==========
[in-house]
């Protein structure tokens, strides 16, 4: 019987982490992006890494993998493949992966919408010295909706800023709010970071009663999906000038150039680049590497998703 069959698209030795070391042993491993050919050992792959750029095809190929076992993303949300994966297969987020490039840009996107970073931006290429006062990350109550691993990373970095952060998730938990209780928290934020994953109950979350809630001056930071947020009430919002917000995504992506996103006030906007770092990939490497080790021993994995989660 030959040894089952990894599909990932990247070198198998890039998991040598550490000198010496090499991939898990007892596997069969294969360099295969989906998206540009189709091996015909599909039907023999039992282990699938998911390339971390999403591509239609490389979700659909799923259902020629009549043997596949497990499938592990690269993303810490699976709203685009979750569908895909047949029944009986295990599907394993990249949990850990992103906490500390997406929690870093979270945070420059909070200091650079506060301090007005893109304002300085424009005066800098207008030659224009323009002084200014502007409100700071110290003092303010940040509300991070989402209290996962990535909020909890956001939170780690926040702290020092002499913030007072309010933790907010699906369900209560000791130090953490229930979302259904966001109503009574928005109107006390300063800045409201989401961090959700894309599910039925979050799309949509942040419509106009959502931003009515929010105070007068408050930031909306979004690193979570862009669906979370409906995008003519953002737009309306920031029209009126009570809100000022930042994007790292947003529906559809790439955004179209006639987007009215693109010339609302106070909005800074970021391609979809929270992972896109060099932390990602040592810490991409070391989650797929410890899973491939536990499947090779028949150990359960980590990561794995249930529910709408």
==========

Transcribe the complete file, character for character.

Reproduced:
[in-house]
């Protein structure tokens, strides 16, 4: 019987982490992006890494993998493949992966919408010295909706800023709010970071009663999906000038150039680049590497998703 069959698209030795070391042993491993050919050992792959750029095809190929076992993303949300994966297969987020490039840009996107970073931006290429006062990350109550691993990373970095952060998730938990209780928290934020994953109950979350809630001056930071947020009430919002917000995504992506996103006030906007770092990939490497080790021993994995989660 030959040894089952990894599909990932990247070198198998890039998991040598550490000198010496090499991939898990007892596997069969294969360099295969989906998206540009189709091996015909599909039907023999039992282990699938998911390339971390999403591509239609490389979700659909799923259902020629009549043997596949497990499938592990690269993303810490699976709203685009979750569908895909047949029944009986295990599907394993990249949990850990992103906490500390997406929690870093979270945070420059909070200091650079506060301090007005893109304002300085424009005066800098207008030659224009323009002084200014502007409100700071110290003092303010940040509300991070989402209290996962990535909020909890956001939170780690926040702290020092002499913030007072309010933790907010699906369900209560000791130090953490229930979302259904966001109503009574928005109107006390300063800045409201989401961090959700894309599910039925979050799309949509942040419509106009959502931003009515929010105070007068408050930031909306979004690193979570862009669906979370409906995008003519953002737009309306920031029209009126009570809100000022930042994007790292947003529906559809790439955004179209006639987007009215693109010339609302106070909005800074970021391609979809929270992972896109060099932390990602040592810490991409070391989650797929410890899973491939536990499947090779028949150990359960980590990561794995249930529910709408």